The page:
Men’s Lifestyle and Diseases for Men

Men’s Lifestyle and Diseases for Men

Men’s Health

The life-expectancy gap between men and women has shrunk to 5.2 years, the narrowest since 1946. But men still need to pay more attention to their health. Why?Compared to women, men are more likely to:

    • . Smoke and drink more, and generally lead less healthy lifestyles
      . Smoke and drink more, and generally lead less healthy lifestyles

    • . Join in fearless, risky, and dangerous behaviors

Greater understanding of women’s health issues had been one of the successes of the feminist movement, Men and women share many health problems, such as heart disease and high blood pressure. However, certain conditions, including prostate disorders, testicular problems and impotence are specific to men. Men’s Health addresses emotional issues, as well as fitness, health, grooming, stress.

Various diseases seen in men

Heart disease

Heart disease claims more men’s lives than any other disease. If you have a family history of heart disease, you have a greater chance of developing it. Changing your lifestyle can reduce this risk significantly by:

  • stopping smoking, if you smoke
  • maintaining a healthy weight
  • exercising regularly
  • controlling your blood pressure and stress levels
  • eating a healthy, balanced diet
  • keeping to a low salt intake

These lifestyle changes may also reduce the risk of many other diseases such as lung cancer, bowel cancer and stroke.

High blood pressure

High blood pressure (hypertension) is a major risk factor for heart disease. If you have high blood pressure over a long period of time, you are more likely to suffer a heart attack, stroke or kidney failure. If it’s high on several separate occasions, your doctor may recommend medication to bring it back to normal.Blood pressure is usually considered high if it measures more than 140/90.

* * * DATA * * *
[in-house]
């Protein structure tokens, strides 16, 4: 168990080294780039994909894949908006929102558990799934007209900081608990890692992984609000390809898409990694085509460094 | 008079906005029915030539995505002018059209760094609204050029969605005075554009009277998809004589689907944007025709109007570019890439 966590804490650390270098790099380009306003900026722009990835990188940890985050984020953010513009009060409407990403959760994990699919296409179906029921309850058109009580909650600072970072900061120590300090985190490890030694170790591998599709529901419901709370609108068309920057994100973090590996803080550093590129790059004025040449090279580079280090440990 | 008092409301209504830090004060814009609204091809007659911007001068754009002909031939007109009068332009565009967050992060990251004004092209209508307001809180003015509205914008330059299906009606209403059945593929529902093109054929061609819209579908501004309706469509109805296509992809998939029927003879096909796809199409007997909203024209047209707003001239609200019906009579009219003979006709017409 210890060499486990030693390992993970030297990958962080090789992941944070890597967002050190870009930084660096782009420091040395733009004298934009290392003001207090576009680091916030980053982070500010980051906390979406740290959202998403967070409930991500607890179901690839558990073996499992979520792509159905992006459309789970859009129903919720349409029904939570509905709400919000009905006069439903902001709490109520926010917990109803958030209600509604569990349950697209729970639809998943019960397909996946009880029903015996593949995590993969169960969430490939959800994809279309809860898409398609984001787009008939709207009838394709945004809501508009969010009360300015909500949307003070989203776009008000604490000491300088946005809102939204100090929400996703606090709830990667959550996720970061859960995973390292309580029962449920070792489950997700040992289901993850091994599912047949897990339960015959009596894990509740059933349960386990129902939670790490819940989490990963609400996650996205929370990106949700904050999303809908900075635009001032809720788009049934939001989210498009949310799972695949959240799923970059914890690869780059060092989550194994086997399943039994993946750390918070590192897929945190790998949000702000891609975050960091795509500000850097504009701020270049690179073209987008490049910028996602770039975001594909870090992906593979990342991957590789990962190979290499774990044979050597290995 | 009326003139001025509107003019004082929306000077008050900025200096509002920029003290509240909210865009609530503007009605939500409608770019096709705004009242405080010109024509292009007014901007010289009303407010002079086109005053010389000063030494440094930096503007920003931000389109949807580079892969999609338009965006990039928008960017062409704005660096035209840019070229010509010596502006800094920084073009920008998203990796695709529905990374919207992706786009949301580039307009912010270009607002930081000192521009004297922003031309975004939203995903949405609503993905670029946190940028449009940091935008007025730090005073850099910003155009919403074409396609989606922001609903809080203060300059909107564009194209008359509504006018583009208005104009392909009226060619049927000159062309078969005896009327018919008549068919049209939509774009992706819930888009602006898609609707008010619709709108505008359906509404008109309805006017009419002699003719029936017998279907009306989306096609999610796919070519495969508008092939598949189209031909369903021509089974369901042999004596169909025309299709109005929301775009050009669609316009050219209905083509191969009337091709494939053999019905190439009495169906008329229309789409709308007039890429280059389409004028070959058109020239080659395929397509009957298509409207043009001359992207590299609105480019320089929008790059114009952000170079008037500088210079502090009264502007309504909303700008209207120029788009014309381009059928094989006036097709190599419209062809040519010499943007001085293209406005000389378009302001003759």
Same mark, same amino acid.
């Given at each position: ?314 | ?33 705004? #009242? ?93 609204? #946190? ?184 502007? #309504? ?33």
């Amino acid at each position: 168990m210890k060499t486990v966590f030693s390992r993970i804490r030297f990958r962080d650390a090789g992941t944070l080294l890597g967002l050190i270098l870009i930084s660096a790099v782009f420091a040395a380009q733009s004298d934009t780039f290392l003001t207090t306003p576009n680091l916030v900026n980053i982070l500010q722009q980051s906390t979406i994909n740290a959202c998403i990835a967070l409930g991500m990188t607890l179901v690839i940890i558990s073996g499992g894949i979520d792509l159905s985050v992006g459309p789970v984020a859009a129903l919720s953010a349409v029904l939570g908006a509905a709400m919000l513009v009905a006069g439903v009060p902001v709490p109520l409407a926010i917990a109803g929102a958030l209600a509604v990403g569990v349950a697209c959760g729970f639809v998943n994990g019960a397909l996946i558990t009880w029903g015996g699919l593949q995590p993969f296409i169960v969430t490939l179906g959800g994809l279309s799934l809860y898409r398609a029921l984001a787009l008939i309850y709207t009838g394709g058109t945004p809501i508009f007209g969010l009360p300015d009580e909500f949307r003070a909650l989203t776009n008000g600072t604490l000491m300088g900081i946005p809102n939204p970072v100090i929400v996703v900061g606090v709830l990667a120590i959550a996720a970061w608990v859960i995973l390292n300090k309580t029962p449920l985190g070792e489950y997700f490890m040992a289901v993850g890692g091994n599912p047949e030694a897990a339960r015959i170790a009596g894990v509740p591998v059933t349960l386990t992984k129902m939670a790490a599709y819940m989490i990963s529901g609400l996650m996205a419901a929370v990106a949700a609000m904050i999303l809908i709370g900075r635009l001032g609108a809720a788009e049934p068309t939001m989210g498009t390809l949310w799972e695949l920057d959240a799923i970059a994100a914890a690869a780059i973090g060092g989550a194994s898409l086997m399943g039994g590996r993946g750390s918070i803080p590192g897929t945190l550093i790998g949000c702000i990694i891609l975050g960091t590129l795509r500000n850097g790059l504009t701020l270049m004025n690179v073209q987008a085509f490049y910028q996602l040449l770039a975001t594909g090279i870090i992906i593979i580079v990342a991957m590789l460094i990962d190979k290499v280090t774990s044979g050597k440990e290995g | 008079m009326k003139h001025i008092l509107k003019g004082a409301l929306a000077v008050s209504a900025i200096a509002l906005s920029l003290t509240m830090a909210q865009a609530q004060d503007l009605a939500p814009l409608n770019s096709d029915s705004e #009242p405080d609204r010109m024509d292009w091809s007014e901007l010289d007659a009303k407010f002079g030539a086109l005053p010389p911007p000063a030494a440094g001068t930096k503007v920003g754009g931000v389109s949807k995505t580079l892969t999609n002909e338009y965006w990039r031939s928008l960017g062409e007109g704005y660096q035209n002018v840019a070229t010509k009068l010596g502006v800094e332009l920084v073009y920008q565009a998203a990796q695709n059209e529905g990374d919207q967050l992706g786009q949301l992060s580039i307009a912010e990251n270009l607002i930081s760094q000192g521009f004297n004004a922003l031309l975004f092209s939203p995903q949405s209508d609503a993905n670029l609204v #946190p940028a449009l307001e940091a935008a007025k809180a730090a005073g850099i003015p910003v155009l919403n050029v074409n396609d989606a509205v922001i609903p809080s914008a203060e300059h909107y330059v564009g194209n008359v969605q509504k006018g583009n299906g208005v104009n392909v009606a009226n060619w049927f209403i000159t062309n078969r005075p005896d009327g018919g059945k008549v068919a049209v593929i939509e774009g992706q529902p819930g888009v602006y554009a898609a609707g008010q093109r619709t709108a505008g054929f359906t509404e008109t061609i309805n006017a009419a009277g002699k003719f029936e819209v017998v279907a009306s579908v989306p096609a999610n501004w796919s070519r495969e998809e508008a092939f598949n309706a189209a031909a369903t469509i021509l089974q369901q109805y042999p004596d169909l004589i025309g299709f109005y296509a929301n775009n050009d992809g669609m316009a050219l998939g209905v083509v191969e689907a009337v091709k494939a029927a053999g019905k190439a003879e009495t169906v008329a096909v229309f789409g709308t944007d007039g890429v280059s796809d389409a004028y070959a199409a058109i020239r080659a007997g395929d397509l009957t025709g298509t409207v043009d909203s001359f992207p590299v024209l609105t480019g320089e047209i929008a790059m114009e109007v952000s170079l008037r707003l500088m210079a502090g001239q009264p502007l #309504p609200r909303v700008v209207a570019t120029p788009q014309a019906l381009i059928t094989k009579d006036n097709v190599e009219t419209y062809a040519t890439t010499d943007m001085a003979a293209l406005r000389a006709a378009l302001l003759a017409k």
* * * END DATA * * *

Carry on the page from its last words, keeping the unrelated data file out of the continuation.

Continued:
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Prostate cancer

Prostate cancer is more common with increasing age and is usually found in men over 50. The causes are unclear but there is an increased risk if a close relative such as your father or brother have had it. Prostate cancer can press on the urethra and block the flow of urine. As a result you may have difficulty urinating, have to urinate more often, experience pain on passing urine or have blood in the urine. Prostate cancer is often slow growing. Surgery, radiotherapy or hormone therapy may be considered for treatment.

Testicular cancer

Cancer of the testicle rarely causes pain, but may cause the scrotum to swell and requires prompt treatment. The most common symptoms are a painless lump and swelling due to the collection of fluid in the scrotum (hydrocoele). It’s most common in men aged between 20 to 45.

Men’s sexual health

Impotence (erectile dysfunction)

Impotence is an on-going inability to achieve or to maintain an erection sufficient for sexual intercourse. The likelihood of being affected increases with age. Anything interfering with blood flow to the penis can lead to impotence. Disease, injury, medication, anxiety and depression are common causes.

A range of treatment options are available including psychotherapy, prescription medicines and devices. Drugs like sildenafil (eg Viagra) are highly effective in treating some forms of impotence.

Prevention of disease – a healthy lifestyle

A healthy diet doesn’t mean you have to stop eating certain foods, it just means eating a wide variety of foods as part of a balanced diet. Ideally, this should include:

  • carbohydrates, such as bread, milk and rice – making up at least a third of your daily diet
  • protein, such as meat, fish and beans or lentils
  • fats, such as butter, which should be no more than a third of your daily diet
  • fruit and vegetables, at least five portions a day
  • less than six grams of salt per day
  • Watch your weight. When it comes to long-term health, keeping your weight from creeping up on you is more important than the exact ratio of fats to carbohydrates and amounts of antioxidants in your food.
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